How to keep weeds out of flower beds – clever ways to reduce garden labor

Make tending the yard less hard work with the experts’ recommendations on keeping weeds out of beds and borders

Red and purple gladioli flowers in a meadow
(Image credit: Jacky Parker Photography)

For any gardener, there’s a whole lot of time to be saved by keeping weeds out of flower beds. And it’s time that could be spent on more pleasurable tasks like putting in and tending desirable plants.

Getting rid of weeds effectively will prevent them from reappearing as well as spreading, but there are measures that will keep them out of beds, borders, and the veggie garden in the first place. This way, the unwanted plants won’t get the chance to take resources away from the flowers, shrubs, and fruit and vegetables you’re nurturing.

We asked gardening experts to share the secrets of keeping weeds away from the yard for beautiful flower beds and borders, and this is what they told us.

5 ways to keep weeds out of flower beds from the pros

Make weeding mistakes and the plants you don’t want in your backyard can spread with amazing speed. What’s more, you’ll need to be aware of the techniques that mean you kill weeds and not plants. Preferable, therefore, is to repel weeds so they don’t take hold and these are the top ways to keep them out of flower beds.

1. Use mulch

bark chipping mulch in border

(Image credit: FotoHelin/Alamy Stock Photo)

Mulch can help stop weeds from thriving in flowerbeds. ‘Most weed seeds germinate after exposure to sunlight, so blocking it out has a significant effect,’ says Amateur Gardening expert Steve Bradley.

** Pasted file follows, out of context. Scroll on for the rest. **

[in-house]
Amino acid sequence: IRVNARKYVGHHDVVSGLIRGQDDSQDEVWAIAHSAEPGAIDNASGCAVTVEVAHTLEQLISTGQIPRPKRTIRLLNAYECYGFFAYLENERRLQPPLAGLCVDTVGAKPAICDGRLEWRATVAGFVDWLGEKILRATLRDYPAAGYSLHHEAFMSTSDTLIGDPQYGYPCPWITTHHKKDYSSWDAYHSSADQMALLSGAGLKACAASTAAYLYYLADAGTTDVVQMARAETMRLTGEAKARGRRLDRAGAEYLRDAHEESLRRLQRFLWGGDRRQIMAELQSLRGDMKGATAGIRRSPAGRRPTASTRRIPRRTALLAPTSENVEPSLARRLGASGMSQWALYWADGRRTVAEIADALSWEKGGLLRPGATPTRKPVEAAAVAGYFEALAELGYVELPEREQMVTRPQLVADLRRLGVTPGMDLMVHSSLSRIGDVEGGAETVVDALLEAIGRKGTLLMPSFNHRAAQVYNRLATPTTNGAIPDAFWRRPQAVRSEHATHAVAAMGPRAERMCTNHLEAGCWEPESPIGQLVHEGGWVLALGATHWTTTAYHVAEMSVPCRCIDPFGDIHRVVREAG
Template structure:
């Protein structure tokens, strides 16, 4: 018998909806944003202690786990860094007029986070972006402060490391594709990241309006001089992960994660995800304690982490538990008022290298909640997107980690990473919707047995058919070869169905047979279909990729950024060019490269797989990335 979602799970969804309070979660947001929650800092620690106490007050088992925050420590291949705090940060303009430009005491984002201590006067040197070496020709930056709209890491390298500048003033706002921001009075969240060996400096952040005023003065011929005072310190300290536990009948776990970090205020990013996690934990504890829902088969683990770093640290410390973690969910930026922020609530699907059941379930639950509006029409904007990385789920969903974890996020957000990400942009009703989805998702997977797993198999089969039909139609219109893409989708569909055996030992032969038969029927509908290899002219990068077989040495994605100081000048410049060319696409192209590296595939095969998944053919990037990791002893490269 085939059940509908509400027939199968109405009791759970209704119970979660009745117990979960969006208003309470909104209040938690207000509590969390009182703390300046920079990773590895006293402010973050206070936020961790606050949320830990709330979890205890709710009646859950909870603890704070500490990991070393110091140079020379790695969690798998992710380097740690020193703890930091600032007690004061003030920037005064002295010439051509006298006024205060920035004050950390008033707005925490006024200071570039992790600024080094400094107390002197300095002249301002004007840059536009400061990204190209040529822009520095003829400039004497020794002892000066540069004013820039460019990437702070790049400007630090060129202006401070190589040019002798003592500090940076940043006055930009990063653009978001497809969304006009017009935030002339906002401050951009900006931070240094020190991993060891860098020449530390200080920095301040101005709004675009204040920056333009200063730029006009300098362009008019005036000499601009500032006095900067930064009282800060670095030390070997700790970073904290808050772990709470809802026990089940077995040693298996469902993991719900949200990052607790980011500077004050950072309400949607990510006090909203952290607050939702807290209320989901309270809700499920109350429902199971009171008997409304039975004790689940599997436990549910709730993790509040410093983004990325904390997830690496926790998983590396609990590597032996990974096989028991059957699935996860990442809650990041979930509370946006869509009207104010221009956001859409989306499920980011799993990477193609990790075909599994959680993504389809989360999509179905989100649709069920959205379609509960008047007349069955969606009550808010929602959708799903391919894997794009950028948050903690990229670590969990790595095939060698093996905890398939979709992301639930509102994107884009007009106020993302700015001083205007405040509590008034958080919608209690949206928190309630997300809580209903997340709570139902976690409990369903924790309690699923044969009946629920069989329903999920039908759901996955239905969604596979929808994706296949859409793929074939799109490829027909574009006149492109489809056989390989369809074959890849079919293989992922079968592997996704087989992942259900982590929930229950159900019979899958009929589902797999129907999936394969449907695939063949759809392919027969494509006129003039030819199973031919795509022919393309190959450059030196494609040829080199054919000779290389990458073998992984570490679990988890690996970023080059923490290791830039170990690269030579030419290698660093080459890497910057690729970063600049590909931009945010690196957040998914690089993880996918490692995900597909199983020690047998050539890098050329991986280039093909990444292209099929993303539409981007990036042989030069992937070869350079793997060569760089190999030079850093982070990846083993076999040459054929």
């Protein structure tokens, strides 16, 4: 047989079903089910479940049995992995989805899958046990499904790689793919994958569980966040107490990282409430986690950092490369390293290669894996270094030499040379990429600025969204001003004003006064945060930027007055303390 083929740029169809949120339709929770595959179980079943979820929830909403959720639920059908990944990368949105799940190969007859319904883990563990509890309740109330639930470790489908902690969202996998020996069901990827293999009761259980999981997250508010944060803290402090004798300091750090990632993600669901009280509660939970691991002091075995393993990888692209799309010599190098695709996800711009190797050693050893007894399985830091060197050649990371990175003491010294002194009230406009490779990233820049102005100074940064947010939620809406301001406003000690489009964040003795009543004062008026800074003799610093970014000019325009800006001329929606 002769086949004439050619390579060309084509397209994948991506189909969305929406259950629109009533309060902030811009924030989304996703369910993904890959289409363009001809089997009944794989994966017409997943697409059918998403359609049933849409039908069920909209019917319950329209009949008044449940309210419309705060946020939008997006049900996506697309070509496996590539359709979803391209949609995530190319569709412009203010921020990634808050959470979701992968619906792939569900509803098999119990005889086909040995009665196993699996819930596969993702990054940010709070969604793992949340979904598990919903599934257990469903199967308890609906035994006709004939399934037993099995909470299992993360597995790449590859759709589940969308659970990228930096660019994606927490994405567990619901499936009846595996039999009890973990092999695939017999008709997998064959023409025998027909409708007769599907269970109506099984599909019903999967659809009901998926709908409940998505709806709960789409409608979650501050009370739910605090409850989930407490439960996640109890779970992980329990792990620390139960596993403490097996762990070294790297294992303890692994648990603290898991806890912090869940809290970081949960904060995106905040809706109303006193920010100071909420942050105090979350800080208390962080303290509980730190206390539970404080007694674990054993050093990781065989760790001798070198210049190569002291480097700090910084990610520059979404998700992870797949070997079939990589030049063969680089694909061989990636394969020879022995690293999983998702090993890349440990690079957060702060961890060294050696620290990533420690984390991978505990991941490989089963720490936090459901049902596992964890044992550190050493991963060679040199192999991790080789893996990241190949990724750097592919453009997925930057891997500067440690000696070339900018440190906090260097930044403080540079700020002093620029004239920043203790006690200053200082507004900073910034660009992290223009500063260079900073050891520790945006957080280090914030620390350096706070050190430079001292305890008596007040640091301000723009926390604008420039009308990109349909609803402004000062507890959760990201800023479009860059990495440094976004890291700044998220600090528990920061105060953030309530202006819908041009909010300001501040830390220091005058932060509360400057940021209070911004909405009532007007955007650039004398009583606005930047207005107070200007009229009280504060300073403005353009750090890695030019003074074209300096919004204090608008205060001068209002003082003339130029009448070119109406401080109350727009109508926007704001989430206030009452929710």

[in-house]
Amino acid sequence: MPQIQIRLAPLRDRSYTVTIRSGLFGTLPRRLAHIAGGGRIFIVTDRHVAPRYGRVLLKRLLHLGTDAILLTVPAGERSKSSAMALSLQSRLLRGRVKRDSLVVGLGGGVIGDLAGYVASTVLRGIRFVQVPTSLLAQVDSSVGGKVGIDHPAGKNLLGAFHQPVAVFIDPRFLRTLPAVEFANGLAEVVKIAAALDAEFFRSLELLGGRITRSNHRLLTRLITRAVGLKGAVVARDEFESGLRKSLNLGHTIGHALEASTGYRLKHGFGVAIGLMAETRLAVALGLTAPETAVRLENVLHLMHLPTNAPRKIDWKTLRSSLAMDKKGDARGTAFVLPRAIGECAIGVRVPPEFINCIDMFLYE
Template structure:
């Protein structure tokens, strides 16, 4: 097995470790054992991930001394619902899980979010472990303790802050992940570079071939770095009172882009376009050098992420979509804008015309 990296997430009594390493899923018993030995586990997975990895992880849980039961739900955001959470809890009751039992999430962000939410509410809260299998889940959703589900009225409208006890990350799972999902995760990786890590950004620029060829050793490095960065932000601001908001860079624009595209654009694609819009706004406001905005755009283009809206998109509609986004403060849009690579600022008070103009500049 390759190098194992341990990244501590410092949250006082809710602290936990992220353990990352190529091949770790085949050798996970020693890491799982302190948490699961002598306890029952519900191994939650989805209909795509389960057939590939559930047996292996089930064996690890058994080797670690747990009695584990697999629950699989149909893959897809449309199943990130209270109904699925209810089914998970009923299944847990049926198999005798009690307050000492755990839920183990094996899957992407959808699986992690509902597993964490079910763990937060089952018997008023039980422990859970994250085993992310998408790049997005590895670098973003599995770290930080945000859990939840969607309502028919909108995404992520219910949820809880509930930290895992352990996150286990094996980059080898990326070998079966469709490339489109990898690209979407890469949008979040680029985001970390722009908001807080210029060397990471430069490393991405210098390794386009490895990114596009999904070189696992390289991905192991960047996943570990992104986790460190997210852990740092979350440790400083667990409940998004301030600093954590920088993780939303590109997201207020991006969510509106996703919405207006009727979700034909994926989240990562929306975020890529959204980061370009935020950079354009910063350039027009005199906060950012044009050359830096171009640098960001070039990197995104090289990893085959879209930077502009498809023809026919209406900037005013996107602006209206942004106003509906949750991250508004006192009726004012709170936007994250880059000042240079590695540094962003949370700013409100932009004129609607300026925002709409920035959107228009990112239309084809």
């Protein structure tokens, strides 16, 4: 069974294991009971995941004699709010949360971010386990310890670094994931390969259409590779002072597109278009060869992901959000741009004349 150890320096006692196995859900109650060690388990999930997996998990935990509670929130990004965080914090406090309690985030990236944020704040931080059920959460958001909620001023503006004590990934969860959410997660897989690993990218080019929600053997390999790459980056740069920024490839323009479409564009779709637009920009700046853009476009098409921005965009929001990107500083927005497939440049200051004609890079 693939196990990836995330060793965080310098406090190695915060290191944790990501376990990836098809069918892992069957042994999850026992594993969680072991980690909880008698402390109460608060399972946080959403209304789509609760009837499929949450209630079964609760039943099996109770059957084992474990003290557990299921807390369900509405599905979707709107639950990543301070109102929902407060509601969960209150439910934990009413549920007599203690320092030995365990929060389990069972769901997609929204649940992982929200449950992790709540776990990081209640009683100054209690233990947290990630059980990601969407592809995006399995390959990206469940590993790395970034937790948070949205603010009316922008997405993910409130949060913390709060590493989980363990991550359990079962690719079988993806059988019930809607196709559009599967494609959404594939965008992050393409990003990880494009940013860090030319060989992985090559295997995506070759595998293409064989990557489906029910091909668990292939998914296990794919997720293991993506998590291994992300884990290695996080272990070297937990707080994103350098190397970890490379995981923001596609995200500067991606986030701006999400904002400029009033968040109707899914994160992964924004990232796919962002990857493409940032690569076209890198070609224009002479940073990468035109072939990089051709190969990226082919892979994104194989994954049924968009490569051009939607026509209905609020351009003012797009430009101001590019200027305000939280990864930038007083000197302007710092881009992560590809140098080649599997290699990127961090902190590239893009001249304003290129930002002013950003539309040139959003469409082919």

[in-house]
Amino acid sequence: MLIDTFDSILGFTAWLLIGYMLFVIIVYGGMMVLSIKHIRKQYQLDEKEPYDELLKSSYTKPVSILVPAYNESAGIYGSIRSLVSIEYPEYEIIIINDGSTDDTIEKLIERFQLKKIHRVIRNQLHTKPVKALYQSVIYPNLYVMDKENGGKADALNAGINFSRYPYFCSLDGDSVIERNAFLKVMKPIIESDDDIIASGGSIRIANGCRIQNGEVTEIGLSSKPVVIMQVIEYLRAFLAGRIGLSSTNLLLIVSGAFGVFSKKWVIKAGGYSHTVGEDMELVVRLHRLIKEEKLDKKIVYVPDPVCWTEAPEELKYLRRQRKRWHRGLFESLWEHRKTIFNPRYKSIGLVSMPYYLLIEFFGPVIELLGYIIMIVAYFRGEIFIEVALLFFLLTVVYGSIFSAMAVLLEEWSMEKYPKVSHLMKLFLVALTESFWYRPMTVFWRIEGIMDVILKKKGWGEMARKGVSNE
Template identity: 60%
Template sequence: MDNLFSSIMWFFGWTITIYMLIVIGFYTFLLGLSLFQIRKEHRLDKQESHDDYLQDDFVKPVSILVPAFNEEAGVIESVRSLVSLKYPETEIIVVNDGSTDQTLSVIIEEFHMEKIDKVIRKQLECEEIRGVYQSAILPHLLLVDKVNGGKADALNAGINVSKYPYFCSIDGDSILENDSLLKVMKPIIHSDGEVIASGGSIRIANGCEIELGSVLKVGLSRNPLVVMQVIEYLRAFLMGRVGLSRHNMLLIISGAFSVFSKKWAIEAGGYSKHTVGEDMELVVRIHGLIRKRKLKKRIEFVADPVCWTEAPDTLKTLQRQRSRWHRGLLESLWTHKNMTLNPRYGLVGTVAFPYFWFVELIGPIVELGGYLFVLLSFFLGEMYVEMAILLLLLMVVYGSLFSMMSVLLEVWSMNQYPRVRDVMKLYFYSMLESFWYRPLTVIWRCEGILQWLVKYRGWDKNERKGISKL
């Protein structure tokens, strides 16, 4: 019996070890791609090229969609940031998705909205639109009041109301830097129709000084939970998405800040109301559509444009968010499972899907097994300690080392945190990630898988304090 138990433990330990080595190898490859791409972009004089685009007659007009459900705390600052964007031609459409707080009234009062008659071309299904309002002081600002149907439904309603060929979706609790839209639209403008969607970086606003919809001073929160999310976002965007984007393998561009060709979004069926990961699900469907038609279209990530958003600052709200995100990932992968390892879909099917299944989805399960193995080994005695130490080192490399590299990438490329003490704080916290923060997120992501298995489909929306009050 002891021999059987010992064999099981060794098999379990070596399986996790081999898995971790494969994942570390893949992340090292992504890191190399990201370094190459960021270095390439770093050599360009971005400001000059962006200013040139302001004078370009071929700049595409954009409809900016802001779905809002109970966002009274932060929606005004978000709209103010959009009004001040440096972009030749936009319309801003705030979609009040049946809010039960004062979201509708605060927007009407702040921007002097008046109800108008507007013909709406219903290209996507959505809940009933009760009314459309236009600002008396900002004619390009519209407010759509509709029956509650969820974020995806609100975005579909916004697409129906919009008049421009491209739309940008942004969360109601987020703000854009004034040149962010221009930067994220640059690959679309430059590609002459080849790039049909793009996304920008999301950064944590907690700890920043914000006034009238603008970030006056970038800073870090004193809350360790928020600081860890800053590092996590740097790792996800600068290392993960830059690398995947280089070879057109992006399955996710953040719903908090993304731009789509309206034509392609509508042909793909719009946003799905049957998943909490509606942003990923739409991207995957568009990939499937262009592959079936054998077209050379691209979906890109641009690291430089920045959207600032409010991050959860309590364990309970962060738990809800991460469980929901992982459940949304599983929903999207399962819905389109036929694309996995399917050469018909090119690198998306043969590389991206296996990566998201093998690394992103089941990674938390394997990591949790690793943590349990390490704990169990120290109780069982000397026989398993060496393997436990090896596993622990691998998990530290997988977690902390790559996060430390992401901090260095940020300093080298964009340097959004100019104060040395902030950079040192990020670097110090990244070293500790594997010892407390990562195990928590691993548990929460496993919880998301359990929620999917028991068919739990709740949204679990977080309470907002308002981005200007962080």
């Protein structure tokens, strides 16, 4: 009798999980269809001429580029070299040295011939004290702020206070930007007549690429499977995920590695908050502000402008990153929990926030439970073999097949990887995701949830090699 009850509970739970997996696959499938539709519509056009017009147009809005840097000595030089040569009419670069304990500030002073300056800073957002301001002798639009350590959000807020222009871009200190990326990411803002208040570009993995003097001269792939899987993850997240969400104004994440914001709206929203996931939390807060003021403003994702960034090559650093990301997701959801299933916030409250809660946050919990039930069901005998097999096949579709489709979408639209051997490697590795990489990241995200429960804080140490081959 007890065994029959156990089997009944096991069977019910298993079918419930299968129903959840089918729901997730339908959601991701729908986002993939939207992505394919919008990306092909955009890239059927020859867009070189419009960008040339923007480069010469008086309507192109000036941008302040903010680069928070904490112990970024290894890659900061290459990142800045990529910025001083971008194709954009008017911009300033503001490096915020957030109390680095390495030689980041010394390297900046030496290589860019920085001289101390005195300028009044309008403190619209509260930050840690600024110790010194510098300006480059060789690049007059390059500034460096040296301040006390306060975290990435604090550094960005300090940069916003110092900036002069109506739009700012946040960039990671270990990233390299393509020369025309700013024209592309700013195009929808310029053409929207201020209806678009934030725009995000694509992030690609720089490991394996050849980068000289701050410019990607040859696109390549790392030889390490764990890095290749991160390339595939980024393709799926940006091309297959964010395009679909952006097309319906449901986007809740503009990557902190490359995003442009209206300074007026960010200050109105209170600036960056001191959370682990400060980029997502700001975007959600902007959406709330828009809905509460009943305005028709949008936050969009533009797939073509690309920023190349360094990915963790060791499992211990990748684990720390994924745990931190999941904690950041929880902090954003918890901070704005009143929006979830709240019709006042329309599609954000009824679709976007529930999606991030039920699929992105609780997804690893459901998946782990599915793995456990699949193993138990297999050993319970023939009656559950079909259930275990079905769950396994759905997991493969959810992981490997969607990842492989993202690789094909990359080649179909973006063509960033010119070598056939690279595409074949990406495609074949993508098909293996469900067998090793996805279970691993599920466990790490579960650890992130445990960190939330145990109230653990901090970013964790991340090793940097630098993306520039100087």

‘Organic mulches, such as bark or garden compost, need to be 3 to 4 inches deep to block out the natural light. Synthetic mulches, such as polythene sheeting or closely-woven fabric, work well but are not visually attractive. You can cover these with bark, gravel, or stone chippings to improve the appearance. On their own, they do not form a complete barrier and weeds can push through.

‘When using any type of mulch, the most effective method of suppressing weeds is to install the mulch first and then plant through it.’

headshot of Steve Bradley
Steve Bradley

Steve has written (or co-written) over 40 practical gardening books. He has been Gardening Correspondent for The Sun newspaper since 2002, answering hundreds of readers’ letters every year. He also has a weekly column in Amateur Gardening magazine. 

2. Plant generously

flowerbed with tropical plants

(Image credit: Yardzen)

Stop weeds from invading by maximizing the desirable plants in a flowerbed. ‘When a large number of plants and flowers are planted in a bed, they create a dense canopy that shades the soil and limits sunlight exposure to potential weeds,’ explains Susan Brandt, co-founder of Blooming Secrets.

‘This reduced light prevents weeds from germinating and taking root. Plants and flowers often have extensive root systems that compete with weeds for nutrients and water. As the flowers grow and their roots spread out, they effectively crowd out any weed growth by depriving them of the essential nutrients they need.’

3. Prepare before planting

A person digging garden soil using a spade

(Image credit: Ekaterina savyolova / Moment / Getty Images)

To keep weeds at bay, if you need to dig over a bed, do so in good time. Garden soil can contain thousands of weed seeds per square foot and ‘the deeper you dig the more weed seeds are exposed to sunlight’, explains Steve Bradley.

The takeaway? ‘If soil is to be dug over before planting, the best approach is to dig over the area well in advance of planting to encourage weed seeds to germinate and grow, so they can be dealt with before planting begins,’ Steve recommends.